Let me explain what I mean by that.

I know that most new systems these days have specific focuses on character backstory, personality traits, motivations, and desires. Even D&D, the long-time standard bearer for keeping the game more focused on gameplay rather than character driven needs, added new character-oriented traits in 5e, to say nothing of Fate which goes out of its way to purposefully bring these elements to the forefront of play.

And yes, these new character design features are incredibly useful in helping us as players come to "see" our characters as more "real" within the fiction. But in my experience, even the best of these character "hooks" or inputs don't seem to make a difference in driving an in-play narrative of substantive character change---i.e., the experience of watching a character materially change in ways that are fundamental to their place in the fiction.

It's generally agreed that one of the vital, key elements of great literature is a character "arc"---the observed phenomenon of a character or characters fundamentally coming to view the world and their place in it in new ways. It is these character journeys that create some of the most powerful, compelling moments that cause as us reader-participants to feel emotional resonance---to feel as if we are experiencing something meaningful, even if we are only having the experience referentially.

Obviously not having this kind of emotional resonance in RPG play doesn't mean that our player-characters aren't making "meaningful" choices. Players are often faced with having their characters act out in response to moral choices, in multiple gradations---we choose to fight for the noble baron instead of the greedy viscount; choose to let the orc leader live rather than killing him; choose to steal, but from only the top 10% of most wealthy citizens; choose to kill the evil sorcerer now to prevent the deaths of thousands later.

But the actual mechanical interplay of rules in a typical roleplaying game experience does almost nothing to promote the kind of self-reflexivity that is necessary for the kind of deep-rooted emotional resonance found in literature. At no time during a roleplaying session have I ever come close to having the vivid, deep, emotional response I felt when reading the last 100 pages of Guy Gavriel Kay's novel Under Heaven---nor even upon reflection am I able to see how the act of tabletop roleplaying would provide the means to do so.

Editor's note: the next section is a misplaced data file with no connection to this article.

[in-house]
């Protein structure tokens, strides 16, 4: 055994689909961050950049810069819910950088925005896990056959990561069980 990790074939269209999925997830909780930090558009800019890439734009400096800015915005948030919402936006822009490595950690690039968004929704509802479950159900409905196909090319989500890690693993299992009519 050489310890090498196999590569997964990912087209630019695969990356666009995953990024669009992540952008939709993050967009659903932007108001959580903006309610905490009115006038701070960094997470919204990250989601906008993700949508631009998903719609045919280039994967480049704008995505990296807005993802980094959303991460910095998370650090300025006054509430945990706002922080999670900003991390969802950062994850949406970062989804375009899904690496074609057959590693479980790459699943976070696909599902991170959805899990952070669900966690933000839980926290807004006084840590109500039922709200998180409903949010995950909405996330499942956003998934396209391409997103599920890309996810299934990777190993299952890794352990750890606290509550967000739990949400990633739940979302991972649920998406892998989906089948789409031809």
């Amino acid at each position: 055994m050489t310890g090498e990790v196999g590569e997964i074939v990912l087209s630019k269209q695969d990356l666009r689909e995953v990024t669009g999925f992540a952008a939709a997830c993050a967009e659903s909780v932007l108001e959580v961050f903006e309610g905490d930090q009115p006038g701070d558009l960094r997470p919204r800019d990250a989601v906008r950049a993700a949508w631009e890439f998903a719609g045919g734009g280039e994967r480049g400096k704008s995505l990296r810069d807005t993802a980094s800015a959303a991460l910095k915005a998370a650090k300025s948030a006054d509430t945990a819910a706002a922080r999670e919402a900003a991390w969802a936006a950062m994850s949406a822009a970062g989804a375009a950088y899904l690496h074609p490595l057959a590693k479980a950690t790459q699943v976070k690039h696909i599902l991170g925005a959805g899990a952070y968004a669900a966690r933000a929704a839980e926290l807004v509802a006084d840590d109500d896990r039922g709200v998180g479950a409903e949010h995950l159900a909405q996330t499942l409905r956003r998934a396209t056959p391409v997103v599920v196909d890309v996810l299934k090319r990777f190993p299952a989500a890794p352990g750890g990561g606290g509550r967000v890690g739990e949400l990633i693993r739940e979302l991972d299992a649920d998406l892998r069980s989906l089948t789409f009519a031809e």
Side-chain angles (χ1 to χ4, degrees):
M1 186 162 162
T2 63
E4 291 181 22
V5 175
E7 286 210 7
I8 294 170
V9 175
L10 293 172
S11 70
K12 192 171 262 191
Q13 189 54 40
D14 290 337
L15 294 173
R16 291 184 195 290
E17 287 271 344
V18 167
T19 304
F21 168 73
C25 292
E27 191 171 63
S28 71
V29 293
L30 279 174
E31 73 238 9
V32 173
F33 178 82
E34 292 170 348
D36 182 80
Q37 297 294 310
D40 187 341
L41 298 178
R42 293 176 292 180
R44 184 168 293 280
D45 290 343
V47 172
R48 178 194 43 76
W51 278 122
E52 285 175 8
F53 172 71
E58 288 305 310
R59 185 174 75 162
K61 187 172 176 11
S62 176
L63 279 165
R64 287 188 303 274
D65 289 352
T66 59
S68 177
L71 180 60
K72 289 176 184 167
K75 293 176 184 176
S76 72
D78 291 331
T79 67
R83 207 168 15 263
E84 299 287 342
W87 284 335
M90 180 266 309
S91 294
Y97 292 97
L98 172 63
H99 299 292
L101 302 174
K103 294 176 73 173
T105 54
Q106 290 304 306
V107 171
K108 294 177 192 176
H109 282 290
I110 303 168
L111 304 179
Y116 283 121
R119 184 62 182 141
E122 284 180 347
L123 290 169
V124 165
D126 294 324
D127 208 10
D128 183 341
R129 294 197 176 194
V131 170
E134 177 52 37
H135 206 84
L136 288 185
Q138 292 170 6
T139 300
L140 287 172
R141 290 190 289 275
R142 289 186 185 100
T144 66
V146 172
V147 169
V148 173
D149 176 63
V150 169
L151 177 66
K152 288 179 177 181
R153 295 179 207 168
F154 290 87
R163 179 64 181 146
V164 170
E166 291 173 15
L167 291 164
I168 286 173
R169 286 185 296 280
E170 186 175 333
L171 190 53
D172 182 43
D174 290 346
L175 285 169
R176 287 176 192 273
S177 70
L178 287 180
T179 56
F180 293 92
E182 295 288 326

It's interesting, because though I find "Railroad GM-ing" to be highly distasteful and generally anathema to the types of RPG experiences I personally would enjoy, I can begin to glimpse why a GM might try to use specific GM Force©™ in a campaign---because they think that the application of force to the "story" is a means to getting to some of that emotional resonance. It's a recognition on the part of the GM that emotional resonance is possible through a "story focus" that leads to potential meaning. Unfortunately, it seems that the application of GM Force runs counter to both endpoints---it detracts from the aspects of player freedom and choice, while only minimally (if at all) leading to the resonance made possible through the act of "pure creation" of fiction whole cloth.

And so I begin to wonder if the desire to have those kinds of emotionally resonant experiences during RPG play are somehow a fool's errand on my part. That I'm looking for a "character-driven" experience that simply isn't there and never really can be, and so should just accept RPG play for what it is, rather than trying to somehow keep reaching for this illusory experience that it's never once provided before.
Don't worry about it.

Role playing is literally just imagining yourself as your character in an imaginary dungeon. That is it. No more needed.

The idea of deep character development or the level that Critical Role goes into the game is not necessary for role playing. This is all ancillary things done by people who feel it adds to their own personal experience and it is not at all required to enjoy this game. It is definitely not required to be a role player. It is something a select few do because they think it is fun, but it is NOT how you need to play the game.